- When a play comes under review, each official looks carefully at the play and without consulting the other officials presses one of three buttons: “let play stand,” “reverse play,” or “indeterminate.”
- A tally is taken, and if the vote exceeds a predetermined threshold then the play is reversed.
The advantage of this system is that we can set the dial on the “pre-determined threshold” wherever we want. If we truly want “indisputable” evidence, then it needs to be unanimous to overturn. But more reasonable is that we set a supermajority level like 75% or 80% to overturn. This recognizes the fact that almost nothing is “indisputable,” and allows the league to set the evidentiary standard wherever it wants to. The referee could even report the result: “with only 55% of officials disagreeing with the call, the play stands as ruled on the field.”
In fact, this opens up more neat options. We could have different evidentiary standards for scoring plays compared to turnover plays, for first-quarter plays compared to fourth-quarter plays, for playoff games compared to regular season games. It wouldn’t cost the league very much at all, because the “upstairs replay official” at each game could be eliminated. The technology certainly exists to do this. And it could be done more quickly than the current method allows.
That is how to do instant replay correctly. I think it’s indisputable!
The following are my post-Payrolls tweets (@inflation_guy), along with some charts and added thoughts.
- Payrolls number close, expected 85k was actually 146k but 49k of downward revisions. Amazingly good guesses given Sandy.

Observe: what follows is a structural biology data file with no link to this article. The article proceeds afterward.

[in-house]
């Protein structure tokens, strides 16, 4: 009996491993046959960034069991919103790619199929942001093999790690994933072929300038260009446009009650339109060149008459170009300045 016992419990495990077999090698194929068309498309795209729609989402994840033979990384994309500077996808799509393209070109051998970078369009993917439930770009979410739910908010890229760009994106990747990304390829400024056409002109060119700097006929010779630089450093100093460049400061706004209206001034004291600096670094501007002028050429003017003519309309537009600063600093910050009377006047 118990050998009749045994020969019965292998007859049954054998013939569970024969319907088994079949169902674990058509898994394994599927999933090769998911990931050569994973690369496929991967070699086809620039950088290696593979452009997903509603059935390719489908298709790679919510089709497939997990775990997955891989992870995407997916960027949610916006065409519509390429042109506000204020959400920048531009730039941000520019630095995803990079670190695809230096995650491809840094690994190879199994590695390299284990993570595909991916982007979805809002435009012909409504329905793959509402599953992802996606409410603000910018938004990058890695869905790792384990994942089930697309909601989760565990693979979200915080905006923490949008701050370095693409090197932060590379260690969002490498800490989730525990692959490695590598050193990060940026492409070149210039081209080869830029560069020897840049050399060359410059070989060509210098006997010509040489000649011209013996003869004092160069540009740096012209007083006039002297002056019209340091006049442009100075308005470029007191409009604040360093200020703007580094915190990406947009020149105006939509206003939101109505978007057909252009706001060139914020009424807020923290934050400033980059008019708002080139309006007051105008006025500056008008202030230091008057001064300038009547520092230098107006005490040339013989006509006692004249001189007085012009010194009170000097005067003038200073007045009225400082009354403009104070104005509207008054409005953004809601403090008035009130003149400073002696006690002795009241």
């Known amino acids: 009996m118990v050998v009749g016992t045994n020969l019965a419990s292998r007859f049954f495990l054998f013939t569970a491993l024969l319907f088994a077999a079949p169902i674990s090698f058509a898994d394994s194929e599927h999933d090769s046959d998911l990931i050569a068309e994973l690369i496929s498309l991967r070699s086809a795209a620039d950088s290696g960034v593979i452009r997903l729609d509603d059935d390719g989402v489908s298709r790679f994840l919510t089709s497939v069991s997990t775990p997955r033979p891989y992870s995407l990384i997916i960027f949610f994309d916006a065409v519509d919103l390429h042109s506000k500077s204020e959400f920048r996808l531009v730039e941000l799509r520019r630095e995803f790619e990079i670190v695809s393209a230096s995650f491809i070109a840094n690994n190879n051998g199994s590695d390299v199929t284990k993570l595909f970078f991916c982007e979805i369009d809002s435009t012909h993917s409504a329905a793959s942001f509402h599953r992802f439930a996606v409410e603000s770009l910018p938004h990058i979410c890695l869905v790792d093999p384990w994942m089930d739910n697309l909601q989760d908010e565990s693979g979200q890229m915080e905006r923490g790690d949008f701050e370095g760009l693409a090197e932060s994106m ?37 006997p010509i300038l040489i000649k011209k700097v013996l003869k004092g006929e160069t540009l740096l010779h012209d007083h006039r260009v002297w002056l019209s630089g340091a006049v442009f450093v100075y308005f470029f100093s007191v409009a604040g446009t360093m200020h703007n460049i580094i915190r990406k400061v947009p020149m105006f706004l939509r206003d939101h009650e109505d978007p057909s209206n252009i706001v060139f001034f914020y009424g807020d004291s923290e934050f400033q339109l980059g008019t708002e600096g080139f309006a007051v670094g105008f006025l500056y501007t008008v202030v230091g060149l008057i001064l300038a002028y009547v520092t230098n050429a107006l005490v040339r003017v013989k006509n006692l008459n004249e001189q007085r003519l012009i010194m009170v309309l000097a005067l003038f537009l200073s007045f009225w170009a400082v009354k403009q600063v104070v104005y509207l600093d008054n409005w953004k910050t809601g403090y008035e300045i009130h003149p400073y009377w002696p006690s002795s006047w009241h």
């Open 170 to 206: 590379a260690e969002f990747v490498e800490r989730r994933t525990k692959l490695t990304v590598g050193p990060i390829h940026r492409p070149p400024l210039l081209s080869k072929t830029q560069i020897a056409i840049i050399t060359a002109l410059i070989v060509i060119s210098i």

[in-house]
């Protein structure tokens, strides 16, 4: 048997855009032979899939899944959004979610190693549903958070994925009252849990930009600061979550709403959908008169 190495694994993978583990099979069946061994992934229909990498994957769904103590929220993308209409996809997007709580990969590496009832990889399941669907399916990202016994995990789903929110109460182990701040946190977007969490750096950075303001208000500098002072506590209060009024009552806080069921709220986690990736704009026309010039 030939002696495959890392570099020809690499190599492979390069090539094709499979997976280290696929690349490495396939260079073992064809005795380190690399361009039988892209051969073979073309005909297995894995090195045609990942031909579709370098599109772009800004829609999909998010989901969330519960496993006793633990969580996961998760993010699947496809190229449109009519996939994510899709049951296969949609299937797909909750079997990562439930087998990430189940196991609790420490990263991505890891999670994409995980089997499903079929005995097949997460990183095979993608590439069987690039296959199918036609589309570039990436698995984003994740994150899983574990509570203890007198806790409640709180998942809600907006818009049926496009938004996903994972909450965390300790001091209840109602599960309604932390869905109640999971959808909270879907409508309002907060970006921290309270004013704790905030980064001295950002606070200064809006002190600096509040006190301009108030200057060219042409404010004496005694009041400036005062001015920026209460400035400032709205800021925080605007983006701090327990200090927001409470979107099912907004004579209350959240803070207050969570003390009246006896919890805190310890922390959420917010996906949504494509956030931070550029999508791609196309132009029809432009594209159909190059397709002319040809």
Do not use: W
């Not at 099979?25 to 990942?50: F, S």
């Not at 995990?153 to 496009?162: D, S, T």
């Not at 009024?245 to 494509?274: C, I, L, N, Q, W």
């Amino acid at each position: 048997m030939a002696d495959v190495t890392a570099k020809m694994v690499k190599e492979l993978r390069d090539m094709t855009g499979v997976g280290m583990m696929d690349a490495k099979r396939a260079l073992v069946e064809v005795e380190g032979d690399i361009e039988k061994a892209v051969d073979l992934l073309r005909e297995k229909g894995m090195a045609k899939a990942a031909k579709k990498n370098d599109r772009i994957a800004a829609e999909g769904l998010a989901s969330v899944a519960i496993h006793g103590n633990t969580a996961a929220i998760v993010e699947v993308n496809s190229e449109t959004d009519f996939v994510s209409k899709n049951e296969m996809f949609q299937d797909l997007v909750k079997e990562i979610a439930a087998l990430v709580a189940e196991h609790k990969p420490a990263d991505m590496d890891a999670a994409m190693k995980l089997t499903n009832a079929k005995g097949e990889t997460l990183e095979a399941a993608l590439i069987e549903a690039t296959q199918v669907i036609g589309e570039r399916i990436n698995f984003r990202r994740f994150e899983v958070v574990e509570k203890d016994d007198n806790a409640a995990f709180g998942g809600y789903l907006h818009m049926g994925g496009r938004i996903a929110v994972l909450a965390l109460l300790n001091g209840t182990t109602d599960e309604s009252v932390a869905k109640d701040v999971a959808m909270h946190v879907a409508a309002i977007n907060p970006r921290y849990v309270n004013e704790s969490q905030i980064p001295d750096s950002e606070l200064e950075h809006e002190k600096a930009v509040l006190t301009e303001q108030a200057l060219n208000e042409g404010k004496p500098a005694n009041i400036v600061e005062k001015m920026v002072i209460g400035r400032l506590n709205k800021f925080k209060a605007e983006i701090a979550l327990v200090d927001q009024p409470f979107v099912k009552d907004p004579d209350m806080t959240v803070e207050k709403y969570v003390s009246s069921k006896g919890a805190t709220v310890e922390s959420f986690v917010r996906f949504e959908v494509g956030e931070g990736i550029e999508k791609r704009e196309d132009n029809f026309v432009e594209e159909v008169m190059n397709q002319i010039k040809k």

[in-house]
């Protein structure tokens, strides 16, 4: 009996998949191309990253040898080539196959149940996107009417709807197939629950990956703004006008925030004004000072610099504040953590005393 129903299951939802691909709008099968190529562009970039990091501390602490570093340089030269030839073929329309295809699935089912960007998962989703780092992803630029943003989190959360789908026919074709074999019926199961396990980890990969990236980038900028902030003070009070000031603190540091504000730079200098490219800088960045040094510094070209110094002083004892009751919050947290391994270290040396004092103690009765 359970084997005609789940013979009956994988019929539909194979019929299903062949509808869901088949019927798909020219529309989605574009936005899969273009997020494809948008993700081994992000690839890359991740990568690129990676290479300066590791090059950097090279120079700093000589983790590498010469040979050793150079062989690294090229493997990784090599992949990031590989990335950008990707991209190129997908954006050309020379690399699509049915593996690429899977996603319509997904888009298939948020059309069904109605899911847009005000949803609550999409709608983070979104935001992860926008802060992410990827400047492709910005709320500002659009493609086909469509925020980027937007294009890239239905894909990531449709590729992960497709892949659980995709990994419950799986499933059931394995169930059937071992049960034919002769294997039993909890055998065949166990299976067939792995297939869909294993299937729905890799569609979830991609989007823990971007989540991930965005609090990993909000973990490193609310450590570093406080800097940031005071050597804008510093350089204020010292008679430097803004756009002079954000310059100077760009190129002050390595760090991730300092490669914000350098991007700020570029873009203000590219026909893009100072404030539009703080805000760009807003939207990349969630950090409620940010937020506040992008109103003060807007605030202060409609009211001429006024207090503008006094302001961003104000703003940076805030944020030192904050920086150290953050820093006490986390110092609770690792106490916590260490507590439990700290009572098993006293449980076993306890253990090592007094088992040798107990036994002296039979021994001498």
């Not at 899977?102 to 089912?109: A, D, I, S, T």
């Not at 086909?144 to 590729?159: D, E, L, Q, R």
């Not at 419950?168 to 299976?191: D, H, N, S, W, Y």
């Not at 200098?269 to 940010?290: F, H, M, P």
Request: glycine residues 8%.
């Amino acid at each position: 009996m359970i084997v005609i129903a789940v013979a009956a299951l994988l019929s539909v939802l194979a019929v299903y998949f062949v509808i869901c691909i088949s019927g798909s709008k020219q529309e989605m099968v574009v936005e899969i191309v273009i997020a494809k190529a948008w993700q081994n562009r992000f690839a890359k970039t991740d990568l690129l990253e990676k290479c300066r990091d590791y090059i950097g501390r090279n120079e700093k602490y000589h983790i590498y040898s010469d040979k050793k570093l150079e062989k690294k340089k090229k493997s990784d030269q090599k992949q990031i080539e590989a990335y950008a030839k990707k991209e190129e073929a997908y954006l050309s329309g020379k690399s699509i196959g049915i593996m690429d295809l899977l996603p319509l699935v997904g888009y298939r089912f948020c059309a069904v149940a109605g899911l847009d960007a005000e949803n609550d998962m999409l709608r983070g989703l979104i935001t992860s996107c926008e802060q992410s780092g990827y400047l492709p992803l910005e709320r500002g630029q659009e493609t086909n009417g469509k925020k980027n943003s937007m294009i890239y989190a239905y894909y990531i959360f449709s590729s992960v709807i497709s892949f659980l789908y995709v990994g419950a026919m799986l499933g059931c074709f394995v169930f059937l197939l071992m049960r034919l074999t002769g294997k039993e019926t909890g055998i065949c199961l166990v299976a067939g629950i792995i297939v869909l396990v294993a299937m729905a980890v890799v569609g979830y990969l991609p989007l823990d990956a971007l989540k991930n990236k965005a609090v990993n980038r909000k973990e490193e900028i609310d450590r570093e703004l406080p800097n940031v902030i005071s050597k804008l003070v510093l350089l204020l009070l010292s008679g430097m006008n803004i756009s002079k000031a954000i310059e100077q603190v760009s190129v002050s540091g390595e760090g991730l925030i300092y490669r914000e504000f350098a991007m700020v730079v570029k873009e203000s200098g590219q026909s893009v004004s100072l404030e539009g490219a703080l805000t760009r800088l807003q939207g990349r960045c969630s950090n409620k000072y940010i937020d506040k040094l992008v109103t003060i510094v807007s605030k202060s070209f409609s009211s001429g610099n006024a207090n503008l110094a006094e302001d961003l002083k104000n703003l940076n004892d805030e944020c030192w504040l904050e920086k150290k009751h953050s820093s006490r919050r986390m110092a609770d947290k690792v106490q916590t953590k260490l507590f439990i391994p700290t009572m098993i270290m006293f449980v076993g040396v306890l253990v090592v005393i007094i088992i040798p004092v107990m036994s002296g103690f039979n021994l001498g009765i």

- Unemployment Rate drops to 7.746% from 7.876% (so really 0.1 drop not 0.2 drop), due to sharp particip drop to 63.6 from 63.8
- Not a particularly good report; haven’t had >200k jobs since March, after these revisions. But chatterverse will say it’s bullish stocks
- Goods producing jobs -22k; service-providing +169k. Retail trade +53, allaying some fears that weak Xmas season could hurt #s.
- Here’s some good news: Aggregate weekly hours rose to a new post-2008 high of 104.1, which is higher than it was in 2000. [Note: chart below]
- “Not in labor force” rose again: second highest total ever. Not in labor force, want a job now also rose. This is “shadow unemployment.” [Note: charts below]
- The chatterverse will say it’s a good report, but in my view it isn’t good enough, and we’ll quickly turn to fiscal cliff again.
As noted, this isn’t a great report. It continues the theme of tepid recovery, but without the people leaving the labor force the unemployment rate would be much higher. The chart below (source: BLS via Bloomberg) shows the “not in labor force” numbers going back decades.
Now, the thing is that I’m not sure this is a temporary phenomenon – some of these people are leaving the labor force because they’re giving up, but some of them are leaving the labor force because they’re retiring, or retiring early. We would be expecting some rise in this number anyway, due to the fact that Baby Boomers are starting to retire. So I think the chart below (same source) is a better view of the part of this rise that’s truly disturbing. It shows the category “not in labor force, but want a job now.” These are people who are not counted in the labor force because they’re not looking for a job, but if someone called and offered them a job they’d take it. Presumably, when the job market starts visibly recovering, these people will start to look again.
Finally, let’s not lose sight of the fact that the economy is still stumbling, but at least it’s stumbling forward. The chart below (same source) shows the aggregate weekly hours worked by production or nonsupervisory employees (2002=100).
As I say above, this isn’t a great report, and it isn’t a bad report – in my view, it’s good enough so that the CNBC talking heads can tell everyone to buy but not so good that it will re-direct the narrative from the fiscal cliff. And it certainly isn’t good enough to claim that there’s any evidence the economy is “ready to explode” once the fiscal cliff is resolved.